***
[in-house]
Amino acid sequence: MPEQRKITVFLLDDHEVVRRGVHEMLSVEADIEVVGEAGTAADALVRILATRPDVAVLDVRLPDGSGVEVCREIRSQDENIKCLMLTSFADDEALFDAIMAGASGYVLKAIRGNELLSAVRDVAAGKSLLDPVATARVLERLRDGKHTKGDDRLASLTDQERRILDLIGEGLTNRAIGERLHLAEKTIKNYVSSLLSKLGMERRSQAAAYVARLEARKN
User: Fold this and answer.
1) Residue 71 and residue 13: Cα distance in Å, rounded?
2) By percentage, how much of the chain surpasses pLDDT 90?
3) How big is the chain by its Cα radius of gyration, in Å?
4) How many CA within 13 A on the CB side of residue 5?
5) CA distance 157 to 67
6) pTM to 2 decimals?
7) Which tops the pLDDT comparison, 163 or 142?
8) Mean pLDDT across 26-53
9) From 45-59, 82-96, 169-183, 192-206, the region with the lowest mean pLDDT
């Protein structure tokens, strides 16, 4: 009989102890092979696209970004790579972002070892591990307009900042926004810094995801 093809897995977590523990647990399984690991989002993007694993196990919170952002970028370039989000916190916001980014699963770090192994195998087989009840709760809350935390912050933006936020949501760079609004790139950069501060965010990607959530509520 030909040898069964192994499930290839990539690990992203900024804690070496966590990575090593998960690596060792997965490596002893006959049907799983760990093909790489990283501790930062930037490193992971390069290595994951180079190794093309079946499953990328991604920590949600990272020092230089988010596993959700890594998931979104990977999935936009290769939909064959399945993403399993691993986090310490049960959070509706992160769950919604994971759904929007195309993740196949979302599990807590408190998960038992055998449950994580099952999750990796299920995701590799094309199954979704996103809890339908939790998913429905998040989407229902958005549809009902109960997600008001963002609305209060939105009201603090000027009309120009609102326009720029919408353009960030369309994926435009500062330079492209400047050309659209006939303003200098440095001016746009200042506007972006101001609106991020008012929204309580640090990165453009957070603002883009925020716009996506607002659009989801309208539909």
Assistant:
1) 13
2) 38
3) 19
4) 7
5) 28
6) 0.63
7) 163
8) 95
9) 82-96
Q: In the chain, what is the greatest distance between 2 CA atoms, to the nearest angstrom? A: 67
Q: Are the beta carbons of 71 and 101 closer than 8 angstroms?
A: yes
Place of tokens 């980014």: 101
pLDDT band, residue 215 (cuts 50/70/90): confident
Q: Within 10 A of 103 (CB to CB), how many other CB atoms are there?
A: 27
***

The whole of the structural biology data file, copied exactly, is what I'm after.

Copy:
[in-house]
Amino acid sequence: MPEQRKITVFLLDDHEVVRRGVHEMLSVEADIEVVGEAGTAADALVRILATRPDVAVLDVRLPDGSGVEVCREIRSQDENIKCLMLTSFADDEALFDAIMAGASGYVLKAIRGNELLSAVRDVAAGKSLLDPVATARVLERLRDGKHTKGDDRLASLTDQERRILDLIGEGLTNRAIGERLHLAEKTIKNYVSSLLSKLGMERRSQAAAYVARLEARKN
User: Fold this and answer.
1) Residue 71 and residue 13: Cα distance in Å, rounded?
2) By percentage, how much of the chain surpasses pLDDT 90?
3) How big is the chain by its Cα radius of gyration, in Å?
4) How many CA within 13 A on the CB side of residue 5?
5) CA distance 157 to 67
6) pTM to 2 decimals?
7) Which tops the pLDDT comparison, 163 or 142?
8) Mean pLDDT across 26-53
9) From 45-59, 82-96, 169-183, 192-206, the region with the lowest mean pLDDT
């Protein structure tokens, strides 16, 4: 009989102890092979696209970004790579972002070892591990307009900042926004810094995801 093809897995977590523990647990399984690991989002993007694993196990919170952002970028370039989000916190916001980014699963770090192994195998087989009840709760809350935390912050933006936020949501760079609004790139950069501060965010990607959530509520 030909040898069964192994499930290839990539690990992203900024804690070496966590990575090593998960690596060792997965490596002893006959049907799983760990093909790489990283501790930062930037490193992971390069290595994951180079190794093309079946499953990328991604920590949600990272020092230089988010596993959700890594998931979104990977999935936009290769939909064959399945993403399993691993986090310490049960959070509706992160769950919604994971759904929007195309993740196949979302599990807590408190998960038992055998449950994580099952999750990796299920995701590799094309199954979704996103809890339908939790998913429905998040989407229902958005549809009902109960997600008001963002609305209060939105009201603090000027009309120009609102326009720029919408353009960030369309994926435009500062330079492209400047050309659209006939303003200098440095001016746009200042506007972006101001609106991020008012929204309580640090990165453009957070603002883009925020716009996506607002659009989801309208539909």
Assistant:
1) 13
2) 38
3) 19
4) 7
5) 28
6) 0.63
7) 163
8) 95
9) 82-96
Q: In the chain, what is the greatest distance between 2 CA atoms, to the nearest angstrom? A: 67
Q: Are the beta carbons of 71 and 101 closer than 8 angstroms?
A: yes
Place of tokens 């980014």: 101
pLDDT band, residue 215 (cuts 50/70/90): confident
Q: Within 10 A of 103 (CB to CB), how many other CB atoms are there?
A: 27